Sources told The Zimbabwean on Sunday that the security commanders refused to attend the council meeting apparently because they are not happy that Prime Minister Morgan Tsvangirai has not called on Western governments to lift visa and financial sanctions imposed on President Robert Mugabe and his top allies, including the commanders.
“I can confirm the National Security Council did not meet at the end of August,” Tsvangirais spokesman James Maridadi said last week. He would not disclose the reasons why the council, that is required under the law to meet at least once every month to review the national security situation, failed to hold its meeting.
But our sources said the move by the security chiefs not to attend the council meeting was part of a concerted effort by Mugabe and his allies to pressure Tsvangirai to call for the removal of the sanctions.
The police and military commanders action also came as Mugabes Zanu (PF) party intensified pressure on Tsvangirais MDC party by accusing the former opposition movement of not fulfilling promises made under the Global Political Agreement because it was refusing to call for lifting of sanctions.
The MDC says it cannot order removal of the punitive measures against Zanu (PF) leaders because it has no power to decide foreign policy for the Western governments that imposed the visa and financial bans.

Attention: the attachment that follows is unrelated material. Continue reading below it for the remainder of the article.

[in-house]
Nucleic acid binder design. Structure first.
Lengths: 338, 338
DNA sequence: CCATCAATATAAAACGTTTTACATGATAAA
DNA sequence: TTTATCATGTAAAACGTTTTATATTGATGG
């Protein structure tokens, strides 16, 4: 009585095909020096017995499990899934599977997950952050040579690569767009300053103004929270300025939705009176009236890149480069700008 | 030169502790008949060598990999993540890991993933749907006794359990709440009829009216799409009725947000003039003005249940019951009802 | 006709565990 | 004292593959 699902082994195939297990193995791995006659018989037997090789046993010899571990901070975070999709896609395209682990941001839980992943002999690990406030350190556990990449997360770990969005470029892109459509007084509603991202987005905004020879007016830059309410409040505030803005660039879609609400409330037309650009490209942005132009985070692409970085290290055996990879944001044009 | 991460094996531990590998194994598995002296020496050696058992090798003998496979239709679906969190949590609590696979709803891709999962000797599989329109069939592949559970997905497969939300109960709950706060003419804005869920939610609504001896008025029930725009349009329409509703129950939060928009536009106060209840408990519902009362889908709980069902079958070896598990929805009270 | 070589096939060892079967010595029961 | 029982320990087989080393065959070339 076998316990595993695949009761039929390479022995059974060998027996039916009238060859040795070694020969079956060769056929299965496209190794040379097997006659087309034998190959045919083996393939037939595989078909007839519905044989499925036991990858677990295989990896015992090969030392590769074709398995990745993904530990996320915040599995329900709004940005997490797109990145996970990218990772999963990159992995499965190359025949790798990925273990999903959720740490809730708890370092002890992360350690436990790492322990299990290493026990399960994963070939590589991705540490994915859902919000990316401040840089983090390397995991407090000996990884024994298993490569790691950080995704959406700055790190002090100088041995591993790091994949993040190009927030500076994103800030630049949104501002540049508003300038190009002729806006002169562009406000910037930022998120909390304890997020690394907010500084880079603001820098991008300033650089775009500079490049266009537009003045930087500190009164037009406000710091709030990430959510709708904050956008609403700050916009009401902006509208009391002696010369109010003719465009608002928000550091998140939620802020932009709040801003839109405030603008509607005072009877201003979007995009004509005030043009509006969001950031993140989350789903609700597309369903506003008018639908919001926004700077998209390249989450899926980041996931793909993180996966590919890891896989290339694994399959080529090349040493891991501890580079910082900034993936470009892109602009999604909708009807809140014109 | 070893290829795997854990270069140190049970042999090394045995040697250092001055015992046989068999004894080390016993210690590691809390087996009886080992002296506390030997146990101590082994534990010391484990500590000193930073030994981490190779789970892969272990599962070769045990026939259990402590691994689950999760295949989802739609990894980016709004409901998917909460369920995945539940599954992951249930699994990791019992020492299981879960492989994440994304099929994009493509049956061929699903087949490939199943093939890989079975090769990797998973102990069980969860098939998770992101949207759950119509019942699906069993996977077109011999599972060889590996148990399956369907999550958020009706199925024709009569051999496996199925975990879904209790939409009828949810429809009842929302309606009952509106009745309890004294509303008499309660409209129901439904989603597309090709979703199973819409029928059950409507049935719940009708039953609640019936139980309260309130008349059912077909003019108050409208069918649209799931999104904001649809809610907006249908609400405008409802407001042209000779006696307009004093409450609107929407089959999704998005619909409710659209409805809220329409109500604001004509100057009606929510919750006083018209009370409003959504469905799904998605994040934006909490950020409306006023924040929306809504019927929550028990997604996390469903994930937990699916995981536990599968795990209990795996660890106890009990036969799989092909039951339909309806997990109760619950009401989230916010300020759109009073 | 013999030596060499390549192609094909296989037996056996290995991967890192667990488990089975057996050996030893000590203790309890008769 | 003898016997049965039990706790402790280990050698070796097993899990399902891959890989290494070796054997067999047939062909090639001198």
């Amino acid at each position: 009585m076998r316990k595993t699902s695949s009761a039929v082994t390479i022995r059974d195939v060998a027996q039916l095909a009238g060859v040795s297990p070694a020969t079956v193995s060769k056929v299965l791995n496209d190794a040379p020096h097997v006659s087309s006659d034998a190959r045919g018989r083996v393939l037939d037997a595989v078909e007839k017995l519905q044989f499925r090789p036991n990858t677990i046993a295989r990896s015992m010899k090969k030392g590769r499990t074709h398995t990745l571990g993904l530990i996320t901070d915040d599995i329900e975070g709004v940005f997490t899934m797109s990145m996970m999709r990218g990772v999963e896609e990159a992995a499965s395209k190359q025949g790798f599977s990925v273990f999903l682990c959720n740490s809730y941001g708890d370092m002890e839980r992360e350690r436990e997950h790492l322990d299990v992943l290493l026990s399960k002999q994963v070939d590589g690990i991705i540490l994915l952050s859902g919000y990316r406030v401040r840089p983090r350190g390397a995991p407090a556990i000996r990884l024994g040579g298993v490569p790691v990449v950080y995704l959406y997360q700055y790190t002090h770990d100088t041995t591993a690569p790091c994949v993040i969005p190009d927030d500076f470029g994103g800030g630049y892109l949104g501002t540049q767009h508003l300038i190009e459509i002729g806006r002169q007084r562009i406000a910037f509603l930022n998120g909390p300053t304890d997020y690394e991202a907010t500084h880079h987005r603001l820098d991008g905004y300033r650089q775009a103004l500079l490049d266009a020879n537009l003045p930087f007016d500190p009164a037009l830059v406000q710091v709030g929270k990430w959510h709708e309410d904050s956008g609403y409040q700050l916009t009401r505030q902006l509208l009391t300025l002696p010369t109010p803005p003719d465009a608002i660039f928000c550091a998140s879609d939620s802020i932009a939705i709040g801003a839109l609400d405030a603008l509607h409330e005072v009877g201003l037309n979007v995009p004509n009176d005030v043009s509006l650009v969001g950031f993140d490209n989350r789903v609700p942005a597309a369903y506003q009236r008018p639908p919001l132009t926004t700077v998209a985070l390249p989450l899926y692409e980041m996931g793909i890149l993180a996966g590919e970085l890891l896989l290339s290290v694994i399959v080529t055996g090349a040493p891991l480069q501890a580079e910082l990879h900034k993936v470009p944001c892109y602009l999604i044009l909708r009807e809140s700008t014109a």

The United States and its European Union allies have also made it clear that they will consider lifting the sanctions only once they are convinced Zimbabwe is on an irreversible path to democracy.
The NSC comprises Mugabe as chairperson, his deputy Joice Mujuru, Tsvangirai and his deputies Arthur Mutambara and Thokozani Khupe, Finance Minister Tendai Biti, Defence Minister Emmerson Mnangagwa, and the two Home Affairs ministers Giles Mutsekwa and Kembo Mohadi.
The service chiefs, who exclusively ran Zimbabwes security policy as the Joint Operations Command (JOC) before formation of the NSC, are ex-officio members of the security council.
Insiders say the old JOC has continued hold meetings with Mugabe to decide on the countrys security in violation of the law that requires that such decision be made by the NSC.
While the council is supposed to meet at least once every month, it has held only one meeting, on July 30, since formation of the unity government because the service chiefs were refusing to attend the council because Tsvangirai is a member.
Many of the army and police commanders, who are hardliner supporters of Mugabe, have publicly said they do not recognise Tsvangirais position or authority. But the security chiefs appeared to soften their stance on the Premier when they attended the July meeting.
However that inaugural NSC meeting only dealt with formal introductions with no substantive security issues discussed, according to government insiders.
The unity government has done well to stabilise the economy and end inflation that was estimated at more than a trillion percent at the height of the countrys economic meltdown last year.
But analysts remain doubtful about the administrations long-term effectiveness, citing unending squabbles between Zanu (PF) and the MDC and the coalition governments inability to secure direct financial support from rich Western nations.Post published in: News